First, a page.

Mental health is a part of life. We need to give our brains the utmost care in order for the rest of our bodies to function. Unfortunately, mental health care and mental illness are often talked about in hushed whispers. In order to break the stigmas we have to normalize its presence in our society, celebrate people when they share their struggles, and strive to do better for those who cannot advocate for themselves.
A necessary part of that process involves learning more about the history of mental health care and attitudes about mental illness. For centuries, many cultures did not recognize mental illnesses as medical conditions. Instead, people living with mental illness were often believed to have dirty minds, be possessed, or in need of religious intervention. These negative attitudes, fears, and lack of knowledge stigmatized individuals and perpetuated the need to improve mental health institutions.
In the United States, the first part of the 20th century was a time of great improvements in mental health care. One of the most significant developments occurred in 1909, when Clifford Beers founded the National Committee for Mental Hygiene. Now known as Mental Health America (MHA), the mission of the nonprofit organization is to provide better care and intervention for Americans struggling with mental illness. In 1949, the MHA started the first Mental Health Month, which the Obama administration celebrated in 2013 by expanding mental health care support under the Affordable Care Act.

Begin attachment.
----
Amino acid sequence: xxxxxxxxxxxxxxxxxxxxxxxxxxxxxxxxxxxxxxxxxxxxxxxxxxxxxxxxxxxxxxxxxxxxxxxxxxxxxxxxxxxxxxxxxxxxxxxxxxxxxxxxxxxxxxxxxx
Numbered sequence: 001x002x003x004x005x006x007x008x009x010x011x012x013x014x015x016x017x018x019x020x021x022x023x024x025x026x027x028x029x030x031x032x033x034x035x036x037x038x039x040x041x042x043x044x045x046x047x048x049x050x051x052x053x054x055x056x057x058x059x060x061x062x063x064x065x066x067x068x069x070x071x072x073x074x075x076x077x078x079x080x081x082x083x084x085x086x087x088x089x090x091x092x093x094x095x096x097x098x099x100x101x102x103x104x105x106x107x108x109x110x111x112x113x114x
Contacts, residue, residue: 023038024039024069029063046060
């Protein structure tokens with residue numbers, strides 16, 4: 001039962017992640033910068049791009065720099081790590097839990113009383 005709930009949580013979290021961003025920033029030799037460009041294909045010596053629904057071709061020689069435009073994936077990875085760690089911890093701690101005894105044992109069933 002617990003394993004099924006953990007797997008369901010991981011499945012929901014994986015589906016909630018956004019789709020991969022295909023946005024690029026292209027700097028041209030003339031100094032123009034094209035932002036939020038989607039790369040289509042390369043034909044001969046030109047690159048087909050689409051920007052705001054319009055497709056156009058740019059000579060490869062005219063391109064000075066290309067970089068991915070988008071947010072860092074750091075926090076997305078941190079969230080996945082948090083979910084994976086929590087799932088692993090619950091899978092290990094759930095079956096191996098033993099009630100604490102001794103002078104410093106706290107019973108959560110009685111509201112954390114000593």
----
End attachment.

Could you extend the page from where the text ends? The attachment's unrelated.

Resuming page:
Although mental health is a year-round concern, Mental Health Month brings it to the forefront of public discourse. The purpose of the month-long event is to raise as much awareness as possible, educate the public, and advocate for others. For Mental Health Month 2022, Nature’s Grace and Wellness has pushed our Spark the Conversation campaign throughout various dispensaries in Illinois. Dozens of budristas participated in our mental health workshop, where they learned about mental health conditions, tips for centering the self when struggling with mental health concerns, and how to talk about them with others. We hope that the cannabis industry professionals who complete the workshop can go on to become ambassadors within their communities, and better serve the patients and customers they interact with every day. Sharing our lived experiences and sparking the conversation about mental health can help to break the stigmas and let others know they are not alone.
“Take care of your brain- it runs the whole machine”—AHJR